The right care for Parkinson's

Steve FordYou might have noticed media coverage in the past week on the heated political debate over social care reform, which includes the possibility of free personal care at home.

Parkinson's is often seen as mainly a health issue. But good social care for Parkinson's is vital too, and it's also a huge part of the work we do.

We work both in coalition with other charities - like the Prescription Charges Coalition for health issues - and on our own on topics specific to Parkinson's.

We were one of the signatories of a letter to the editor of the Times, and carer Denise was happy to share her story of caring for her husband Pete in the newspaper as well.

Pete was diagnosed with Parkinson's about 12 years ago, and now needs extensive care. They've had a daily visitor from social services to help wash, dress and shave Pete, which Denise says is a godsend.

Denise and Pete would be eligible for the free personal care at home, but even so Denise says getting respite care would be an issue.

We have responded to the Government consultation on the Free Personal Care at Home Bill, and we will continue to campaign for the best care for Parkinson's - both in health and social care.

Steve Ford is Chief Executive at the Parkinson's Disease Society

The evidence stacks up for exercise

Dr Kieran BreenRecently I've been inspired by people with Parkinson's up and down the UK who are getting active.

Our local groups are doing everything from tai chi to tango, members are getting into Nintendo Wii, and people like former professional sportsman Ian Taylor are even hitting the headlines.

We've known exercise is good for us for decades. But over the last few weeks, research revealing the remarkable effect exercise has on our brains has been coming in thick and fast…

But we need more research to make sure we get the most from exercise. We don't yet know what types of exercise work best, how often and for how long people should train, or how long the benefits last.

I'm confident that research will answer these questions. In the meantime, I'm off to the gym…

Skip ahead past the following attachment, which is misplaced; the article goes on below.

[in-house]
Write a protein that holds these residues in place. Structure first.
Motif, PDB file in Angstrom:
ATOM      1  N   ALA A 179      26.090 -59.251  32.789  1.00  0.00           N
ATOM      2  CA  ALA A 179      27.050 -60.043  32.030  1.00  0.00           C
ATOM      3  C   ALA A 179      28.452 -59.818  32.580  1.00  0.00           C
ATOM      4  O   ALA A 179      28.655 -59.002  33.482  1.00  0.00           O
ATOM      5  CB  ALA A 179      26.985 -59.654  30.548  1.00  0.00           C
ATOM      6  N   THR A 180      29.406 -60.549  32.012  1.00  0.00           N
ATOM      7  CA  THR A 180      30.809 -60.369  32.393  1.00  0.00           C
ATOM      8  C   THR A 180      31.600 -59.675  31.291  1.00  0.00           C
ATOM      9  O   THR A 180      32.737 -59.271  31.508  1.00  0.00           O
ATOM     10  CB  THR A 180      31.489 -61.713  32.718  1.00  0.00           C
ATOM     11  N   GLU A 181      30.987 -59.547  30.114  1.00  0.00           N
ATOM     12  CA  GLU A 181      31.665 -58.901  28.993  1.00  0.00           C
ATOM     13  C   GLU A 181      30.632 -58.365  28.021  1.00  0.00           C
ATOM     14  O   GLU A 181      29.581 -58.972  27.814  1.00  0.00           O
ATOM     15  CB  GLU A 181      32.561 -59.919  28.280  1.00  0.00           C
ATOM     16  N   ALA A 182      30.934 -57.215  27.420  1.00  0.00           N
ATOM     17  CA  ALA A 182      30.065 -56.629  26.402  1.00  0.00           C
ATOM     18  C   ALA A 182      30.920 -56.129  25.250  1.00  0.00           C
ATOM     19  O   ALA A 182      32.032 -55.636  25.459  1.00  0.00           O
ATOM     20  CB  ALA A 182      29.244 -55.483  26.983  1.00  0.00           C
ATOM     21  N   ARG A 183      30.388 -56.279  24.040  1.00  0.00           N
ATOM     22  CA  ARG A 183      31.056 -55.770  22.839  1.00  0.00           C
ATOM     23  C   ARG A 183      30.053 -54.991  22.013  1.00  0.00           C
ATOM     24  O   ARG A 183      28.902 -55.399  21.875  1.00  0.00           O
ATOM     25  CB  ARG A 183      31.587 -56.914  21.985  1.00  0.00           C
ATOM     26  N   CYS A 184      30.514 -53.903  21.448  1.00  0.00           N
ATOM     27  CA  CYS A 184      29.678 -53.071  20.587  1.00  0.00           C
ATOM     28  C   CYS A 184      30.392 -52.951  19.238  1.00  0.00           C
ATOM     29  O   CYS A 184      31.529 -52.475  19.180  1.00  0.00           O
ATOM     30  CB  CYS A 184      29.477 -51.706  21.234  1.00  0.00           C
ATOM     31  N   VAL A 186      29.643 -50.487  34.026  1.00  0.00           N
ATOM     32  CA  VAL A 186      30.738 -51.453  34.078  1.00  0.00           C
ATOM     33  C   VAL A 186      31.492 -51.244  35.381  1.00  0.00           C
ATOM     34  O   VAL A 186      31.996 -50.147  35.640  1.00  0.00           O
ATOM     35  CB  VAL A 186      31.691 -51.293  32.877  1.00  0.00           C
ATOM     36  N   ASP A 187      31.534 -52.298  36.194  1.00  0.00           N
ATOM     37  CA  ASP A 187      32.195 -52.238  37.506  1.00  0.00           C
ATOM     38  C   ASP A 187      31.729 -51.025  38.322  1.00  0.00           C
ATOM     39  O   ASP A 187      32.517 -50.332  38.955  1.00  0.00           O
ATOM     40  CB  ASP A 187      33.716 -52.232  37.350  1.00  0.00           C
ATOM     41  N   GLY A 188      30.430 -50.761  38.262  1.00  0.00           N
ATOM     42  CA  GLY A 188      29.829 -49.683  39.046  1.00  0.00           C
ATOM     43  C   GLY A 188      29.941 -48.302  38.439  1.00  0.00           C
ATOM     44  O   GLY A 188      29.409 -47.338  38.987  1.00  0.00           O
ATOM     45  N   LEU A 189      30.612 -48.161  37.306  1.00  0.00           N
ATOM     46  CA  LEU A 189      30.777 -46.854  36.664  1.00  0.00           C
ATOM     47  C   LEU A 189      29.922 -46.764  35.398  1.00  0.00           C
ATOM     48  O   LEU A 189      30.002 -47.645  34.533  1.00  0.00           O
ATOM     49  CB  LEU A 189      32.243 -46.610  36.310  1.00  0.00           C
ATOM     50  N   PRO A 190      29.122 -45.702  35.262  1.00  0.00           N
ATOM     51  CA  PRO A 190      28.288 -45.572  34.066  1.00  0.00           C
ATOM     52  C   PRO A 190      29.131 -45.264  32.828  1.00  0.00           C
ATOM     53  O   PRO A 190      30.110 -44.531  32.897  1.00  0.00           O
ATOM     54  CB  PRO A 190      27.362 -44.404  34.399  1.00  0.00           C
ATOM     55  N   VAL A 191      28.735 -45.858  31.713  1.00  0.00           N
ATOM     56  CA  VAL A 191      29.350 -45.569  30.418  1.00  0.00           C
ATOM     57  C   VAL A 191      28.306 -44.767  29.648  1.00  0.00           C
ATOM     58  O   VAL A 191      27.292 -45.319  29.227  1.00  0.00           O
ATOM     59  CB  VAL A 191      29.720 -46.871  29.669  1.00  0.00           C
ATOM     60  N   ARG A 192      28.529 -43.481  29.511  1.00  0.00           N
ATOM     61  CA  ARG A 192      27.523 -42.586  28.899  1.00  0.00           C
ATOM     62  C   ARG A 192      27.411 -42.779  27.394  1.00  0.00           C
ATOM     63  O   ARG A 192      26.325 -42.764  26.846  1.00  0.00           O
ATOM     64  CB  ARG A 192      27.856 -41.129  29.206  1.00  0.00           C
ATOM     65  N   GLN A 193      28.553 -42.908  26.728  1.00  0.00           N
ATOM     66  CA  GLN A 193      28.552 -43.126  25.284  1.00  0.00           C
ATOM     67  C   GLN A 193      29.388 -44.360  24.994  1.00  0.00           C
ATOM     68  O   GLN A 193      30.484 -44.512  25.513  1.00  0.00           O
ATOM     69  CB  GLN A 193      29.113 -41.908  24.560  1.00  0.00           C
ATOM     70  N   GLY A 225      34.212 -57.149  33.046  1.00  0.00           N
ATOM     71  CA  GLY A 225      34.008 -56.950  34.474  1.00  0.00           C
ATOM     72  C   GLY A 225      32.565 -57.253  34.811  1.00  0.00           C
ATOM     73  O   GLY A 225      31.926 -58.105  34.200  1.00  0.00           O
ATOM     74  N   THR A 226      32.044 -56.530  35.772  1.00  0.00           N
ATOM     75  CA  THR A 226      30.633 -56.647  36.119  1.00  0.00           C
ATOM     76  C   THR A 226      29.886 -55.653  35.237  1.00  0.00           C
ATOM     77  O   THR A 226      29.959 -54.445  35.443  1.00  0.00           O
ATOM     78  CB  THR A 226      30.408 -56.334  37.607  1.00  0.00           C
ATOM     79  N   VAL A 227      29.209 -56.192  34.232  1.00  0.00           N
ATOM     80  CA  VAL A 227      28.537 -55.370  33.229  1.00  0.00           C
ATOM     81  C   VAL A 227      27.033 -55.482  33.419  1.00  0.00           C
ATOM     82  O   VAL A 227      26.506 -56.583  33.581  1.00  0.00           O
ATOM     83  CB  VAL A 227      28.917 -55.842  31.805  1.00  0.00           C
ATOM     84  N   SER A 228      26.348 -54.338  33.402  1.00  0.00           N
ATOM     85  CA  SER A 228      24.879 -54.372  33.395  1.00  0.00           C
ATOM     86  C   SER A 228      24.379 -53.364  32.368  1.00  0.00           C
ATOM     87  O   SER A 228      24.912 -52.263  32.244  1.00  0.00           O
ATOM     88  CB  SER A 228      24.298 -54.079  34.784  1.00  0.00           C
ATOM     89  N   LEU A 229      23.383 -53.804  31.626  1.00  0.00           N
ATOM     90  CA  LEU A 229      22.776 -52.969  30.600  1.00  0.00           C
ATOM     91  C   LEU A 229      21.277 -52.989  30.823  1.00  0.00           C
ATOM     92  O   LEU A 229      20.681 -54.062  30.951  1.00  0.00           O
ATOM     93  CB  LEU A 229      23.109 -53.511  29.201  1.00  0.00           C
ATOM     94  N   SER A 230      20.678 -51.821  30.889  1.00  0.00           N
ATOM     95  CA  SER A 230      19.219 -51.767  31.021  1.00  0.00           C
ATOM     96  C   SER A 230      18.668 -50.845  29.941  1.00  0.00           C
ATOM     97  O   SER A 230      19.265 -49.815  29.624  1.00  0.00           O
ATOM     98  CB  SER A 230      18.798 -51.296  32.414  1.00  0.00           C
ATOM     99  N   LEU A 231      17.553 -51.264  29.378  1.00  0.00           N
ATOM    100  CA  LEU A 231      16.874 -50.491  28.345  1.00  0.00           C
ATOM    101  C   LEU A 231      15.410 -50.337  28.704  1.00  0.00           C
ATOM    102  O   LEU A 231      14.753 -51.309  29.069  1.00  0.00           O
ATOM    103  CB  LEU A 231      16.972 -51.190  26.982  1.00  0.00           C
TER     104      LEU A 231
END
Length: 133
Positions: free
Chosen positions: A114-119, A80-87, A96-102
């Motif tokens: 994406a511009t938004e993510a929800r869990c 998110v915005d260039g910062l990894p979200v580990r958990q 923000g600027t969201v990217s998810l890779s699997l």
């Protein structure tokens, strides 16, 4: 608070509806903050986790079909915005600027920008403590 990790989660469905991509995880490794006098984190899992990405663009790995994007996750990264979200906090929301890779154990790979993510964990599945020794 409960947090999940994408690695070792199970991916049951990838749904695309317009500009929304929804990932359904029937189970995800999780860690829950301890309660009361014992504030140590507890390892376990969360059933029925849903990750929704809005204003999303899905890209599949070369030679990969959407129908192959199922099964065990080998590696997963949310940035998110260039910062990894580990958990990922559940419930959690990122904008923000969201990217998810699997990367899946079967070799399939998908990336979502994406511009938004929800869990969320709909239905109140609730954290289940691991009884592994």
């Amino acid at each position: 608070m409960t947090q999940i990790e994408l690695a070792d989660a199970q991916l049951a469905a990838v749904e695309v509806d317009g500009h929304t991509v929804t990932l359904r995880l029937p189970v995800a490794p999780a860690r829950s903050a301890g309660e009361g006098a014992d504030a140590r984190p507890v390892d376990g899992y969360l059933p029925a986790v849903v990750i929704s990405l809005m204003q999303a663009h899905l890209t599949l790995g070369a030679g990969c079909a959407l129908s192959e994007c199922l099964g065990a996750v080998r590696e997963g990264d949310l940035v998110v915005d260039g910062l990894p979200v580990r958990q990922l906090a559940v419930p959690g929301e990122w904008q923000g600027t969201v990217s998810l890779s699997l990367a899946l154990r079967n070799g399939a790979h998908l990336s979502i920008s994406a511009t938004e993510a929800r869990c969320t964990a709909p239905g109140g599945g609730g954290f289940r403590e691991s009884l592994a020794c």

Dr Kieran Breen is Director of Research and Development at the Parkinson's Disease Society

Wake up call on prescription charges

Steve FordYou may have seen some of the recent media coverage calling for prescription charges to be scrapped in England for people with long term conditions.

We are really proud to be a part of the Prescription Charges Coalition which has driven this call. Working together with more than 20 other health charities we have a louder, stronger voice for campaigning to the Government.

In September 2008, Gordon Brown promised to give people with long-term conditions free prescriptions. It still hasn't happened and we've been campaigning with the Prescription Charges Coalition ever since to get him to keep his promise.

We want free prescriptions for people with long-term conditions. At the moment, younger people with Parkinson's can face years paying for expensive medicines. We think it's unfair and it needs to change. Prescription Promise campaigners

This week the Prescription Charges Coalition organised a group of people to gather outside parliament, and used Twitter and Facebook networks to get people to phone Gordon Brown and ask him to keep his promise. We flooded the switchboard and even more publicity came out of the action.

The next step is to write to Gordon Brown to demand a response following our phone calls, and continue the campaign for a better deal for people with Parkinson’s. If you would like to get involved in our campaigns sign up to the National Campaigns Network

Steve Ford is the Chief Executive at the Parkinson's Disease Society